Keto flu isn’t an actual virus, but instead, is the name given to the constellation of symptoms that some people experience soon after adopting a low-carb ketogenic diet. Many of these symptoms include muscle cramps, constipation, brain fog, and low-energy. Why do these occur?

In part, these keto “side effects” happen due to an imbalance of electrolytes. When one starts keto and drastically reduces their carbohydrate intake, insulin and glucose fall, as does muscle glycogen (initially). As a result, a large amount of water is lost, taking with it essential minerals.

These shifts are likely temporary, and can even be resolved or prevented through targeted electrolyte and mineral supplementation. There is likely no long-term health impact from any of the manifestations of the “keto flu” and, once you’ve adapted to the diet, they’re unlikely to happen again.

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Keto Will Worsen My Exercise Performance

Athletes are always looking for a leg up, and diet is often one of the first things to be experimented with. Many people caution against the use of ketogenic diets for athletes for fear they it will worsen performance or even lead to a loss of muscle mass.

A fear of worse performance is rooted in the well-accepted idea that carbohydrates are the primary and preferred source of fuel for exercise—high intensity exercise, at least. If you want strength, speed, and power, high-carb is the way to go.

This consensus is still accepted by most.

However, in sports involving body composition or ultra-endurance (think marathon running), ketogenic diets might actually provide an advantage.

A study of keto-adapted runners found that these athletes had a superior ability to burn fat compared to athletes consuming a diet with around 600 grams of carbohydrates daily.7 Interestingly, they were also able to burn the most amount of fat while exercising at 70% of the maximal capacity. Usually, max fat burning occurs at around 55% of one’s maximal effort.

Much more research needs to be done on how ketogenic diets affect endurance capacity.

In regards to the “losing muscle” critique, there is simply no evidence to support it. People think that since keto is a “moderate protein” diet, it won’t have enough muscle-building foods to promote gains in lean muscle mass.

But research shows that low-carbohydrate diets that contain a sufficient amount of calories can maintain and even increase muscle mass in normal individuals and in athletes who are in the midst of a training program.8,9,10

Will Keto Lead to a Nutrient Deficiency?

Those who say that keto isn’t a “complete” diet are most likely the same people who think that keto is mainly a butter and bacon-based diet. This is far from an accurate representation of the composition of most ketogenic diets.

Keto also calls for the elimination of several foods that, while rich in micronutrients, are also high in carbs. Examples include many fruits, potatoes and other starches, and fortified whole grains and bread. This brings up the possibility that a ketogenic diet that limits consumption of these foods will result in micronutrient deficiencies. There is also the discussion of fiber intake, which may drop a bit when you go keto.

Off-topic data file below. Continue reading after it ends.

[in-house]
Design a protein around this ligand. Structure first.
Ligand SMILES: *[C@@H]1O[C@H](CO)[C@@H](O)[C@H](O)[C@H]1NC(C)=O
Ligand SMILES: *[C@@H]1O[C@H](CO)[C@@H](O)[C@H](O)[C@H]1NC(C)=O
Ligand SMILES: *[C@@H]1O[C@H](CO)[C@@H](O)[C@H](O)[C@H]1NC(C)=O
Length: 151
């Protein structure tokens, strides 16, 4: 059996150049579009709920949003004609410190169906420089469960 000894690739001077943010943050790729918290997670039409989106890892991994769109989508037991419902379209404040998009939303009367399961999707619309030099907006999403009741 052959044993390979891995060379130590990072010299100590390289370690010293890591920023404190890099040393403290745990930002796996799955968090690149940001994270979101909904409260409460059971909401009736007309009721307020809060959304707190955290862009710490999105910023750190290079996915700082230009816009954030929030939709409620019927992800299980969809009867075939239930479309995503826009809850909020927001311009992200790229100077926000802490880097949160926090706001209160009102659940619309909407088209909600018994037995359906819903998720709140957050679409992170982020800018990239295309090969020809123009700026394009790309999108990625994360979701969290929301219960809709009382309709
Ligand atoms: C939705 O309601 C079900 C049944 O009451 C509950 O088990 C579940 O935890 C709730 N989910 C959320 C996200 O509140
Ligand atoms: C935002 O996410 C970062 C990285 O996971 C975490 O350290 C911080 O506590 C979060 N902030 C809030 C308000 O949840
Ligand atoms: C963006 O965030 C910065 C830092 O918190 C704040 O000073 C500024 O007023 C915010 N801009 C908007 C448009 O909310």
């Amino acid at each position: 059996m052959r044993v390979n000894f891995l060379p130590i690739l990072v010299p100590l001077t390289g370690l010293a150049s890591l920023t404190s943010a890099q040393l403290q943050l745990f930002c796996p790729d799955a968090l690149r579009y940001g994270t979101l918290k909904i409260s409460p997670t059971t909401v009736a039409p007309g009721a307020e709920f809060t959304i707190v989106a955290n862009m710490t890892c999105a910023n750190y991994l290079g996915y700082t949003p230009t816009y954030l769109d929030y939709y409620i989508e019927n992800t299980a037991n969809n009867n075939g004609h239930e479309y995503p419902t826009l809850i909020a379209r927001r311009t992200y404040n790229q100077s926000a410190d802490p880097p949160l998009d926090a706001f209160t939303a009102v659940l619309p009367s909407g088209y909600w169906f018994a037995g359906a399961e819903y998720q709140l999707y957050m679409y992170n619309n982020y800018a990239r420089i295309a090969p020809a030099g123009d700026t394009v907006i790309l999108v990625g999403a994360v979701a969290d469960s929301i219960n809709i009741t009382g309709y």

A major flow exists in this argument: keto diets contain plenty of micronutrient-rich food groups. Non-starchy veggies, mushrooms, some fruits, leafy greens, and avocados—these food sources provide a wealth of micronutrients. High-quality meat and dairy also contain high levels of trace minerals and vitamins.

Adopting a ketogenic diet means you should work to incorporate plenty of the above foods (and others) into your diet to ensure a wide array of nutritional intake from diverse food groups.

Overall, a well-planned ketogenic diet plan is likely far more nutrient-rich than a typical american diet.

Will I Develop Ketoacidosis?

Ketoacidosis is not a legitimate concern for someone on a ketogenic diet.

To understand why this is, it’s important to understand the difference between ketosis and ketoacidosis—sometimes referred to as diabetic ketoacidosis (DKA) because it occurs commonly in individuals with type 1 and sometimes type 2 diabetes.

Ketosis is a metabolic state where ketones in the blood are elevated. This is typically achieved through fasting, exercise, or a ketogenic diet and is the result of the body burning fat for energy.

Blood levels of ketone bodies during a state of ketosis typically can reach anywhere from 0.5mM to 8mM, though the latter may only be achieved through extended (i.e. >3 weeks) of fasting.

Ketosis is a natural and safe physiological response to low energy availability.

Ketoacidosis, on the other hand, is an adverse physiological state that happens when both blood sugar levels and ketone bodies are elevated. How does this happen?

In diabetics who fail to produce enough insulin, blood sugar can’t be taken up by muscles. At the same time, the signal for the body to stop breaking down and releasing fat (insulin) is absent. This leads to increased ketone production in the liver while glucose is also high—which normally can’t occur.

Ketone levels rise dramatically during ketoacidosis—leading to the blood becoming more acidic. This is a life-threatening condition that requires medical care.

In sum: the ketogenic diet does not increase your risk for developing ketoacidosis.

Will I Mess up My Hormones?

When it comes to the keto diet and hormones, cortisol and thyroid are of interest. Both are super important for a wide array of physiological functions.